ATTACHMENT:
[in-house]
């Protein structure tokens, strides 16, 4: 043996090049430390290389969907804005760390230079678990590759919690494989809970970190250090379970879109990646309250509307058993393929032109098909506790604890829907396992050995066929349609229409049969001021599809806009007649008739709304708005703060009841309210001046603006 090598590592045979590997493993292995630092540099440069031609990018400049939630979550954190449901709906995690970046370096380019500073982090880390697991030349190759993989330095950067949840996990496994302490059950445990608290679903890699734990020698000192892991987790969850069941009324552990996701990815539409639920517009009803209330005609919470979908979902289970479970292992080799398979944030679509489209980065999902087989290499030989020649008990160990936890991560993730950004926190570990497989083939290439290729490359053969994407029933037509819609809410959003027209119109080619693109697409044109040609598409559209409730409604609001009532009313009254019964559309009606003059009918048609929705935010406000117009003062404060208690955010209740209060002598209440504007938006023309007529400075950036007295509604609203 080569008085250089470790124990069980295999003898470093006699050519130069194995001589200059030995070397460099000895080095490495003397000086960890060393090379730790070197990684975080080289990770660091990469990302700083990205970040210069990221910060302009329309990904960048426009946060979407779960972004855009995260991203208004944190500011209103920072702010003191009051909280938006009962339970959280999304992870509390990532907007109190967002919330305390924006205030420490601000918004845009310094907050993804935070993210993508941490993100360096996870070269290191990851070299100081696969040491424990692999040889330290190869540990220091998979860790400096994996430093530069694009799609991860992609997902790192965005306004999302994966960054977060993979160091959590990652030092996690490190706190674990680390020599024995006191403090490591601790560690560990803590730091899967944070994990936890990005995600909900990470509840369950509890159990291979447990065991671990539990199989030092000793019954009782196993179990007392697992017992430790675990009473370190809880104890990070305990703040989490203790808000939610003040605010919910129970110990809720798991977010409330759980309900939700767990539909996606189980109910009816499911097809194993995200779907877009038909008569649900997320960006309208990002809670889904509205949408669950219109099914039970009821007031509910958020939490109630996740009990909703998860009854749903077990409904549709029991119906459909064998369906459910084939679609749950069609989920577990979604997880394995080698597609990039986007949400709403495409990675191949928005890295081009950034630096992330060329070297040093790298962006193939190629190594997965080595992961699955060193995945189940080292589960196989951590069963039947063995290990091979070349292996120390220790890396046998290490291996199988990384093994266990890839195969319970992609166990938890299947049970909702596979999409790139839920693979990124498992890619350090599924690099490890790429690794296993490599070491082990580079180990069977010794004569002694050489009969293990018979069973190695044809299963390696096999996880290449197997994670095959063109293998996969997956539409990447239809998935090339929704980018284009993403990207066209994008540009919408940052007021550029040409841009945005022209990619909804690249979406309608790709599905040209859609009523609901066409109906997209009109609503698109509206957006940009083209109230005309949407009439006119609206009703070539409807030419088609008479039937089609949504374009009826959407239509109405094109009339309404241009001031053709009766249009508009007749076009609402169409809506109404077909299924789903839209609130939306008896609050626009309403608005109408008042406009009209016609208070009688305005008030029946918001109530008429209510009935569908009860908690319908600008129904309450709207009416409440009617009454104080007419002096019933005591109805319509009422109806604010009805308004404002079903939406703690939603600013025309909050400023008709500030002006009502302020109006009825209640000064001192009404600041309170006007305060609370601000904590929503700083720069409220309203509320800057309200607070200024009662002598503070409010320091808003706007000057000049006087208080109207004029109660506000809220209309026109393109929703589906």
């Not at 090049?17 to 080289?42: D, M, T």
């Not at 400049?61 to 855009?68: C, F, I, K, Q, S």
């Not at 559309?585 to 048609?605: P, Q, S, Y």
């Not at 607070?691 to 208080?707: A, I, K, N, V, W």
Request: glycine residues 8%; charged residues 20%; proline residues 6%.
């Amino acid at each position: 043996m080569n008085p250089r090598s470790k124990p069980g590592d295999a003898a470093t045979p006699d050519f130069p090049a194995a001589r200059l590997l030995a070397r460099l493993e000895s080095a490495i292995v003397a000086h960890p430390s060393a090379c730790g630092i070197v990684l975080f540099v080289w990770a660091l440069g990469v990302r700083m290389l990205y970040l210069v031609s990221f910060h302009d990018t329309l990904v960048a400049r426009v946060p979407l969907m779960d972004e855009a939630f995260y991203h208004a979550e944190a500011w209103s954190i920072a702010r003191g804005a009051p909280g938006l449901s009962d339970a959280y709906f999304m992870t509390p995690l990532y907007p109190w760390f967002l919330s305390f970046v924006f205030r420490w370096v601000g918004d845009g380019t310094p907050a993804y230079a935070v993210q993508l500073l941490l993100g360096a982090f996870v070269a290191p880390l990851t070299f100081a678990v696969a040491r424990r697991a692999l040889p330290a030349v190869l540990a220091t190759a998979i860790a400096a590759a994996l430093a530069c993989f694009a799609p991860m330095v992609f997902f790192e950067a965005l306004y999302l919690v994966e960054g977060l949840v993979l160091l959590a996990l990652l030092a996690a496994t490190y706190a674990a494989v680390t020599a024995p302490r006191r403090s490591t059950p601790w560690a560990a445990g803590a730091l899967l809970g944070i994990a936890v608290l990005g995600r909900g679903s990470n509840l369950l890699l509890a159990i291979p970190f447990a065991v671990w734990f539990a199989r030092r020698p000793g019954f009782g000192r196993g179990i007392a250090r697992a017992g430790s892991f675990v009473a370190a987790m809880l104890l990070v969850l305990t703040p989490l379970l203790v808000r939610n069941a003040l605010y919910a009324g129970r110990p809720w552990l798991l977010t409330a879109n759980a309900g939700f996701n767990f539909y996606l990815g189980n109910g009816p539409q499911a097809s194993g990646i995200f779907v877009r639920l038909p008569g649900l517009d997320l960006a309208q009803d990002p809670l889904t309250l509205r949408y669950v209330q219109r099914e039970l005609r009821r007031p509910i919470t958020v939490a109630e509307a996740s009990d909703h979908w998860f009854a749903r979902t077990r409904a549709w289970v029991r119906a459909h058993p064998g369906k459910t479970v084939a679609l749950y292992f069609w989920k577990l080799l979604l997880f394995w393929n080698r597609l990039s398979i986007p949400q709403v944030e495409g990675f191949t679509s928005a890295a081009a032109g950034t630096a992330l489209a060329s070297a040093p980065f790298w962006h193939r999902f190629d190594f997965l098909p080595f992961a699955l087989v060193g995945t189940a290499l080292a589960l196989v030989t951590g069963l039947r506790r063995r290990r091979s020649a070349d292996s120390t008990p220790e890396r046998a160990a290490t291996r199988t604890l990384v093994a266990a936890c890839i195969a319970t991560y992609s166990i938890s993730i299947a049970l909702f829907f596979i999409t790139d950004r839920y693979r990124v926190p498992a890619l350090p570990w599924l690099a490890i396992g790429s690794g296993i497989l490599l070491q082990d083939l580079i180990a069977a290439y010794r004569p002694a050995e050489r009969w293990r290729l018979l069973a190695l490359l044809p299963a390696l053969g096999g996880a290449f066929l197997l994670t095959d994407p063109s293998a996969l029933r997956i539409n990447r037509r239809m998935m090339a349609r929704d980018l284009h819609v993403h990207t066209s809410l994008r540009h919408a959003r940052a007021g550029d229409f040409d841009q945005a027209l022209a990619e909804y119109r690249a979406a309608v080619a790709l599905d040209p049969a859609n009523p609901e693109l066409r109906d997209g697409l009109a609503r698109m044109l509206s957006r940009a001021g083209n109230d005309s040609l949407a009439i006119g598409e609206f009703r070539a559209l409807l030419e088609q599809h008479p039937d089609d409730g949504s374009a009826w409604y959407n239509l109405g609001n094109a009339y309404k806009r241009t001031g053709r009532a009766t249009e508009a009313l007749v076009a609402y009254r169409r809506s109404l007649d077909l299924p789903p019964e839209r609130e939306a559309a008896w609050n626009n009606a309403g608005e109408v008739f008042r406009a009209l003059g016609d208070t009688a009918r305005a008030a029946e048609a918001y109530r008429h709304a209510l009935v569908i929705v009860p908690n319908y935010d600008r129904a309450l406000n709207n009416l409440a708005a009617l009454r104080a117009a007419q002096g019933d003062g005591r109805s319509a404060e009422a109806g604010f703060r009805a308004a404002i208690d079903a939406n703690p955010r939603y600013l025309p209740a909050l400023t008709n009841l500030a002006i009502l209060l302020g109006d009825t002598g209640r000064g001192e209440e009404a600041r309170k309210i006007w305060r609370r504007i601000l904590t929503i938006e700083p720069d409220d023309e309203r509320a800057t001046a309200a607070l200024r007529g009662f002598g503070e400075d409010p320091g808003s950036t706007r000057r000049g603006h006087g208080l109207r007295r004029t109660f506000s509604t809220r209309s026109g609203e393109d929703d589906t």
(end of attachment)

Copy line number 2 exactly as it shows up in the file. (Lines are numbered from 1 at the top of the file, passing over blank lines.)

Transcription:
């Protein structure tokens, strides 16, 4: 043996090049430390290389969907804005760390230079678990590759919690494989809970970190250090379970879109990646309250509307058993393929032109098909506790604890829907396992050995066929349609229409049969001021599809806009007649008739709304708005703060009841309210001046603006 090598590592045979590997493993292995630092540099440069031609990018400049939630979550954190449901709906995690970046370096380019500073982090880390697991030349190759993989330095950067949840996990496994302490059950445990608290679903890699734990020698000192892991987790969850069941009324552990996701990815539409639920517009009803209330005609919470979908979902289970479970292992080799398979944030679509489209980065999902087989290499030989020649008990160990936890991560993730950004926190570990497989083939290439290729490359053969994407029933037509819609809410959003027209119109080619693109697409044109040609598409559209409730409604609001009532009313009254019964559309009606003059009918048609929705935010406000117009003062404060208690955010209740209060002598209440504007938006023309007529400075950036007295509604609203 080569008085250089470790124990069980295999003898470093006699050519130069194995001589200059030995070397460099000895080095490495003397000086960890060393090379730790070197990684975080080289990770660091990469990302700083990205970040210069990221910060302009329309990904960048426009946060979407779960972004855009995260991203208004944190500011209103920072702010003191009051909280938006009962339970959280999304992870509390990532907007109190967002919330305390924006205030420490601000918004845009310094907050993804935070993210993508941490993100360096996870070269290191990851070299100081696969040491424990692999040889330290190869540990220091998979860790400096994996430093530069694009799609991860992609997902790192965005306004999302994966960054977060993979160091959590990652030092996690490190706190674990680390020599024995006191403090490591601790560690560990803590730091899967944070994990936890990005995600909900990470509840369950509890159990291979447990065991671990539990199989030092000793019954009782196993179990007392697992017992430790675990009473370190809880104890990070305990703040989490203790808000939610003040605010919910129970110990809720798991977010409330759980309900939700767990539909996606189980109910009816499911097809194993995200779907877009038909008569649900997320960006309208990002809670889904509205949408669950219109099914039970009821007031509910958020939490109630996740009990909703998860009854749903077990409904549709029991119906459909064998369906459910084939679609749950069609989920577990979604997880394995080698597609990039986007949400709403495409990675191949928005890295081009950034630096992330060329070297040093790298962006193939190629190594997965080595992961699955060193995945189940080292589960196989951590069963039947063995290990091979070349292996120390220790890396046998290490291996199988990384093994266990890839195969319970992609166990938890299947049970909702596979999409790139839920693979990124498992890619350090599924690099490890790429690794296993490599070491082990580079180990069977010794004569002694050489009969293990018979069973190695044809299963390696096999996880290449197997994670095959063109293998996969997956539409990447239809998935090339929704980018284009993403990207066209994008540009919408940052007021550029040409841009945005022209990619909804690249979406309608790709599905040209859609009523609901066409109906997209009109609503698109509206957006940009083209109230005309949407009439006119609206009703070539409807030419088609008479039937089609949504374009009826959407239509109405094109009339309404241009001031053709009766249009508009007749076009609402169409809506109404077909299924789903839209609130939306008896609050626009309403608005109408008042406009009209016609208070009688305005008030029946918001109530008429209510009935569908009860908690319908600008129904309450709207009416409440009617009454104080007419002096019933005591109805319509009422109806604010009805308004404002079903939406703690939603600013025309909050400023008709500030002006009502302020109006009825209640000064001192009404600041309170006007305060609370601000904590929503700083720069409220309203509320800057309200607070200024009662002598503070409010320091808003706007000057000049006087208080109207004029109660506000809220209309026109393109929703589906």